-fno-strict-aliasing in CWARNFLAGS?

Dan Nicholson dbn.lists at gmail.com
Wed Feb 3 09:05:19 PST 2010

2010/2/3 Michel Dänzer <michel at daenzer.net>:
> On Tue, 2010-02-02 at 16:18 -0500, Gaetan Nadon wrote:
>> On Tue, 2010-02-02 at 09:28 -0800, Jeremy Huddleston wrote:
>> > What's the rationale behind having -fno-strict-aliasing in CWARNFLAGS?
>> >
>> > Do we actually have code somewhere that needs -fno-strict-aliasing?  If so, we should restrict -fno-strict-aliasing to that project (and try to address the reason for the need) rather than putting it in util-macros.
>> >
>> >
>> I did a bit of research. This option has been used since the first day
>> in git for xserver:
>>         +if test "x$GCC" = "xyes"; then
>>         + GCC_WARNINGS1="-Wall -Wpointer-arith -Wstrict-prototypes"
>>         + GCC_WARNINGS2="-Wmissing-prototypes -Wmissing-declarations"
>>         + GCC_WARNINGS3="-Wnested-externs -fno-strict-aliasing"
>>         + if test "x$WERROR" = "xyes"; then
>>         + GCC_WARNINGS="${GCC_WARNINGS} -Werror"
>>         + fi
>>         +fi
>> This is not a warning option, so it should not be there to begin with
>> (or the macro name was wrong). I tried to understand why it's there.
>> The gcc compiler makes optimization based on aliasing assumptions. If
>> the code does not follow the rules, it can cause runtime failure.
>>         According to this post, the Perl code has removed the
>>         -fno-strict-aliasing as it cannot safely assume that compilers
>>         won't optimize anyway. They figured it was better to fix the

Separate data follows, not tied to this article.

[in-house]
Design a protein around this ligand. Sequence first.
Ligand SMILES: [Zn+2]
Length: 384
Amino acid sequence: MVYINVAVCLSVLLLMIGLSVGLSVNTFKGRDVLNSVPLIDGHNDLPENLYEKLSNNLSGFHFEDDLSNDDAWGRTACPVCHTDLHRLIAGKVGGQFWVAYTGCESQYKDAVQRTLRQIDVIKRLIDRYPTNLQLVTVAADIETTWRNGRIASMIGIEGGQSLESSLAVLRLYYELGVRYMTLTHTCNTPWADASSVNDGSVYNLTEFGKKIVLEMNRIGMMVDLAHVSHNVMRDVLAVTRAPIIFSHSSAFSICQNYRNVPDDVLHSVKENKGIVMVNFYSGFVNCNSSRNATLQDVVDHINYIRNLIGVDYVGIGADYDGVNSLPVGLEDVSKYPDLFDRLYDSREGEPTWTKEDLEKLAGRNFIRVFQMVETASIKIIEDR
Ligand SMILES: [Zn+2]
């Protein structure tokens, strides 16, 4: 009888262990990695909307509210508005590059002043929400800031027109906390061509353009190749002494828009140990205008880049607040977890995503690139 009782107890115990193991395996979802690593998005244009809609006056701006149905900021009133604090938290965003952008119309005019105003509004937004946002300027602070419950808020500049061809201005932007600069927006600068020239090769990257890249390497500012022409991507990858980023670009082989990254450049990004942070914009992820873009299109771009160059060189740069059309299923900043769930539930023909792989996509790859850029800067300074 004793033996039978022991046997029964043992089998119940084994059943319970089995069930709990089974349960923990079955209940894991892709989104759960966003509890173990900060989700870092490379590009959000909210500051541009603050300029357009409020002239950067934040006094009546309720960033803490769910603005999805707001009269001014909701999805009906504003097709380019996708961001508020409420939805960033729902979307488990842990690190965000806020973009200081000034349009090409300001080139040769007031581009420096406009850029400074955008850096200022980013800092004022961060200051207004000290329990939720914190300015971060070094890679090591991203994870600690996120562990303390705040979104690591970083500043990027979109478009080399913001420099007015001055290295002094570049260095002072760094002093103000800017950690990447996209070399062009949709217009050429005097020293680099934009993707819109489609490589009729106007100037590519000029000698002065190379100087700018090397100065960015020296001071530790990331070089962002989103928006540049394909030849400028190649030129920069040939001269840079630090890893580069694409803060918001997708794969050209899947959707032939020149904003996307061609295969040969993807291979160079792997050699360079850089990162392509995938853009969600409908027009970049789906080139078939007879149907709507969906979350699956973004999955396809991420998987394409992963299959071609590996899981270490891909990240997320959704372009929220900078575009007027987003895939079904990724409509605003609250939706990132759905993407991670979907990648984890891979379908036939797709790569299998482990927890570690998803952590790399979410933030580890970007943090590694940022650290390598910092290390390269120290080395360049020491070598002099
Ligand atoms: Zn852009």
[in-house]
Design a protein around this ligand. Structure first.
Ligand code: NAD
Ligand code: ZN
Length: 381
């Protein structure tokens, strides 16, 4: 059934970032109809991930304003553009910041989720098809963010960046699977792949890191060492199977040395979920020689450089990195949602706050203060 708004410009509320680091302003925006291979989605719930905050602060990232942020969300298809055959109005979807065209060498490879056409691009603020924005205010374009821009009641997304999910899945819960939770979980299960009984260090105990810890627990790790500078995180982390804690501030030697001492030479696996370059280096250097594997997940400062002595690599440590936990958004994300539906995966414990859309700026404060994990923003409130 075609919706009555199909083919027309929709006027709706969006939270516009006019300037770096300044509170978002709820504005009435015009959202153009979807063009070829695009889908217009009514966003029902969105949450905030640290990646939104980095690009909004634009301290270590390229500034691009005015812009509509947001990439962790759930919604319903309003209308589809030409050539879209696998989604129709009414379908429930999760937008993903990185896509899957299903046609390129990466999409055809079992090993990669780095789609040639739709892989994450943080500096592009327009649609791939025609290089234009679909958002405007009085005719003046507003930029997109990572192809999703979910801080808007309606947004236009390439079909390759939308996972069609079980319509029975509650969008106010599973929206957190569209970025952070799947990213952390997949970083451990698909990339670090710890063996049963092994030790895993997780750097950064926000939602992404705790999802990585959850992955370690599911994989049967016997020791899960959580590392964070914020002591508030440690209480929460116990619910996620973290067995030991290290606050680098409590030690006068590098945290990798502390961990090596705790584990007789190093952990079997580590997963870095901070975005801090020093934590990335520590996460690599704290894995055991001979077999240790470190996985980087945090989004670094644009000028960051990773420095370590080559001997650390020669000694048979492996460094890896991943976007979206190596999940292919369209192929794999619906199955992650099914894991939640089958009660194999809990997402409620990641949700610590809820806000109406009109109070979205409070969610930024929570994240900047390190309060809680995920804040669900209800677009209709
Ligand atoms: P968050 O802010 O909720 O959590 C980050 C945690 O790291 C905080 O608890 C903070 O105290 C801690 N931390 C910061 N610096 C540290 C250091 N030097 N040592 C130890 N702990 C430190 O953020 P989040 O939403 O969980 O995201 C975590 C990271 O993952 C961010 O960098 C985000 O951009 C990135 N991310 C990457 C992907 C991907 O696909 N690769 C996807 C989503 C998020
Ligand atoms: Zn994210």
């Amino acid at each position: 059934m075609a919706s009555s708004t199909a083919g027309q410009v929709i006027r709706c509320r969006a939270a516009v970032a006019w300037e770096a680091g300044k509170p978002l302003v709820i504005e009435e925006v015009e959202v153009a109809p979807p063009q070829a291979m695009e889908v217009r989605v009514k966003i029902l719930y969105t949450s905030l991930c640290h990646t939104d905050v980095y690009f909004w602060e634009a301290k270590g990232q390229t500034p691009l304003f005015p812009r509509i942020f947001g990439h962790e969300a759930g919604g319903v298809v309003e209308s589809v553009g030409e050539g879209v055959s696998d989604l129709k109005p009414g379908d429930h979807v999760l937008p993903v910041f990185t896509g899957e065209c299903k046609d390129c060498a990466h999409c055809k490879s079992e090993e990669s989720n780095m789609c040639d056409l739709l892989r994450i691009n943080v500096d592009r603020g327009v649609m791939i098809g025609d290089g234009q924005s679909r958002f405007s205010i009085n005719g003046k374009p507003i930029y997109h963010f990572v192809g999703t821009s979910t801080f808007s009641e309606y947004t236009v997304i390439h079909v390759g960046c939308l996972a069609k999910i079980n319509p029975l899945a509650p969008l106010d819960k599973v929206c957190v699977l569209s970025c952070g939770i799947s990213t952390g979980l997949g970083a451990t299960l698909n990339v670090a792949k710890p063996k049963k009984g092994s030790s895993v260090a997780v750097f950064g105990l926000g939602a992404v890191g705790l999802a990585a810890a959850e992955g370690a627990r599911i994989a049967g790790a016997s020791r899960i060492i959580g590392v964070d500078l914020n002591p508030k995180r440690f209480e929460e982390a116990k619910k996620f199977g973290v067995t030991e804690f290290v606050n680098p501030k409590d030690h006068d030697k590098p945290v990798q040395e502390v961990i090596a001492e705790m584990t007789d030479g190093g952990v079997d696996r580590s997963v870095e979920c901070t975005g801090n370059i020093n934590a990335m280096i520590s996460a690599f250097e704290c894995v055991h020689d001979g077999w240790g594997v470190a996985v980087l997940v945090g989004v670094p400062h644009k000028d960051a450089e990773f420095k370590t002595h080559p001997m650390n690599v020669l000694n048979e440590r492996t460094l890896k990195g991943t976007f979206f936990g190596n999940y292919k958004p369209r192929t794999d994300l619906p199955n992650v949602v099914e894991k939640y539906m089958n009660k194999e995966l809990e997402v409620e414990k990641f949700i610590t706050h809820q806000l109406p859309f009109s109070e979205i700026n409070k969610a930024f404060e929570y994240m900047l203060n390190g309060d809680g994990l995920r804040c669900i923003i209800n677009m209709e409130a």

>>         code, where applicable. That was in 2002.
>>         http://www.nntp.perl.org/group/perl.perl6.internals/2002/12/msg14281.html
>>         There are posts about "good" code that failed under strict
>>         aliasing optimization, only to be flagged afterwards by others
>>         who demonstrated that the code worked "by luck" when not
>>         optimized.
>>         Help with understanding strict aliasing rules:
>>         http://mail-index.netbsd.org/tech-kern/2003/08/11/0001.html
>>         The rules about pointer type conversions are at  The
>>         appropriate paragraphs are paragraphs 1 and 7:
>>         http://www.open-std.org/JTC1/SC22/WG14/www/docs/n1124.pdf
>> I have not seen any compelling reasons to turn off this optimization.
>> Maybe 10 years ago when it was first introduced. I have seen reports
>> of large number of warnings, but from older gcc versions. As it is
>> today, we are losing some optimization that could be beneficial.
> I'd like to question that assertion. My impression has been that strict
> aliasing is a concept only really understood by maybe a handful of
> people, and I've seen kernel hackers much brighter than myself say it's
> not worth the trouble.

Here's one link:


> Traditionally, -fno-strict-aliasing was definitely necessary for the X
> server and/or some drivers to work correctly.

I know in mesa it's been required. Here are two bugs fixed/worked
around by -fno-strict-aliasing.



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